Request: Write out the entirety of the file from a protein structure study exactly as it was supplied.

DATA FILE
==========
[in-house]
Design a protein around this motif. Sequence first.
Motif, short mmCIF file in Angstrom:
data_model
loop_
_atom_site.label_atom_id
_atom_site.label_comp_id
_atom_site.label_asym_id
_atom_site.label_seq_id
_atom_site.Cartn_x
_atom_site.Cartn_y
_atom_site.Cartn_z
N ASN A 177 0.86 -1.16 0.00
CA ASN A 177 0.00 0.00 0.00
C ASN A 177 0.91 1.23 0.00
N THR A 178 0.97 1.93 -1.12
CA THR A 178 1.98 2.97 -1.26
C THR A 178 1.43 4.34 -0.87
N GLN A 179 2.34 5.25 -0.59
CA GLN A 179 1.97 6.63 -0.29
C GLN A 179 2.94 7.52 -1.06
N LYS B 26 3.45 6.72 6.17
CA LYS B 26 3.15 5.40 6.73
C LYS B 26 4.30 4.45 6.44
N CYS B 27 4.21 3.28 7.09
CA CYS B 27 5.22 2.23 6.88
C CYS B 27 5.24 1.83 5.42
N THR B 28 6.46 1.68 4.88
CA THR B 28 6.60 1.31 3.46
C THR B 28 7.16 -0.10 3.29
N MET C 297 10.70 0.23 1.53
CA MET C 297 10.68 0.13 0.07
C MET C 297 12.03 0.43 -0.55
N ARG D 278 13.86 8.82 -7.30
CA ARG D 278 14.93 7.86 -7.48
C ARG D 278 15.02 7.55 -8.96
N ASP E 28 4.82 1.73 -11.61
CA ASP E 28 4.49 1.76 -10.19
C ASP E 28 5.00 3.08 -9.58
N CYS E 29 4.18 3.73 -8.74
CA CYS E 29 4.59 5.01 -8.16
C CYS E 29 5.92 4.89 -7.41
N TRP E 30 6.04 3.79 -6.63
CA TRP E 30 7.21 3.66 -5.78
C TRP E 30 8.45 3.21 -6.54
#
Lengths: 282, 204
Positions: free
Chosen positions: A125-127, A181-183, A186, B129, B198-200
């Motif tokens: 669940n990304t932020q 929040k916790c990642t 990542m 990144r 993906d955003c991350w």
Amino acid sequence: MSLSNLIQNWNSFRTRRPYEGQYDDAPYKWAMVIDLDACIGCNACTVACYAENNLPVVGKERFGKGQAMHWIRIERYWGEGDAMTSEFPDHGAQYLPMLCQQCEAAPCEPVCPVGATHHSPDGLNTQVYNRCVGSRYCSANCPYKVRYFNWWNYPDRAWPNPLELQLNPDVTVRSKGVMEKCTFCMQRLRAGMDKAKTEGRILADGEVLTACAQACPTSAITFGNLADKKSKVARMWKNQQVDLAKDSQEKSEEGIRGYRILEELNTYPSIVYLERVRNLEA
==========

[in-house]
Design a protein around this motif. Sequence first.
Motif, short mmCIF file in Angstrom:
data_model
loop_
_atom_site.label_atom_id
_atom_site.label_comp_id
_atom_site.label_asym_id
_atom_site.label_seq_id
_atom_site.Cartn_x
_atom_site.Cartn_y
_atom_site.Cartn_z
N ASN A 177 0.86 -1.16 0.00
CA ASN A 177 0.00 0.00 0.00
C ASN A 177 0.91 1.23 0.00
N THR A 178 0.97 1.93 -1.12
CA THR A 178 1.98 2.97 -1.26
C THR A 178 1.43 4.34 -0.87
N GLN A 179 2.34 5.25 -0.59
CA GLN A 179 1.97 6.63 -0.29
C GLN A 179 2.94 7.52 -1.06
N LYS B 26 3.45 6.72 6.17
CA LYS B 26 3.15 5.40 6.73
C LYS B 26 4.30 4.45 6.44
N CYS B 27 4.21 3.28 7.09
CA CYS B 27 5.22 2.23 6.88
C CYS B 27 5.24 1.83 5.42
N THR B 28 6.46 1.68 4.88
CA THR B 28 6.60 1.31 3.46
C THR B 28 7.16 -0.10 3.29
N MET C 297 10.70 0.23 1.53
CA MET C 297 10.68 0.13 0.07
C MET C 297 12.03 0.43 -0.55
N ARG D 278 13.86 8.82 -7.30
CA ARG D 278 14.93 7.86 -7.48
C ARG D 278 15.02 7.55 -8.96
N ASP E 28 4.82 1.73 -11.61
CA ASP E 28 4.49 1.76 -10.19
C ASP E 28 5.00 3.08 -9.58
N CYS E 29 4.18 3.73 -8.74
CA CYS E 29 4.59 5.01 -8.16
C CYS E 29 5.92 4.89 -7.41
N TRP E 30 6.04 3.79 -6.63
CA TRP E 30 7.21 3.66 -5.78
C TRP E 30 8.45 3.21 -6.54
#
Lengths: 282, 204
Positions: free
Chosen positions: A125-127, A181-183, A186, B129, B198-200
């Motif tokens: 669940n990304t932020q 929040k916790c990642t 990542m 990144r 993906d955003c991350w």
Amino acid sequence: MSLSNLIQNWNSFRTRRPYEGQYDDAPYKWAMVIDLDACIGCNACTVACYAENNLPVVGKERFGKGQAMHWIRIERYWGEGDAMTSEFPDHGAQYLPMLCQQCEAAPCEPVCPVGATHHSPDGLNTQVYNRCVGSRYCSANCPYKVRYFNWWNYPDRAWPNPLELQLNPDVTVRSKGVMEKCTFCMQRLRAGMDKAKTEGRILADGEVLTACAQACPTSAITFGNLADKKSKVARMWKNQQVDLAKDSQEKSEEGIRGYRILEELNTYPSIVYLERVRNLEA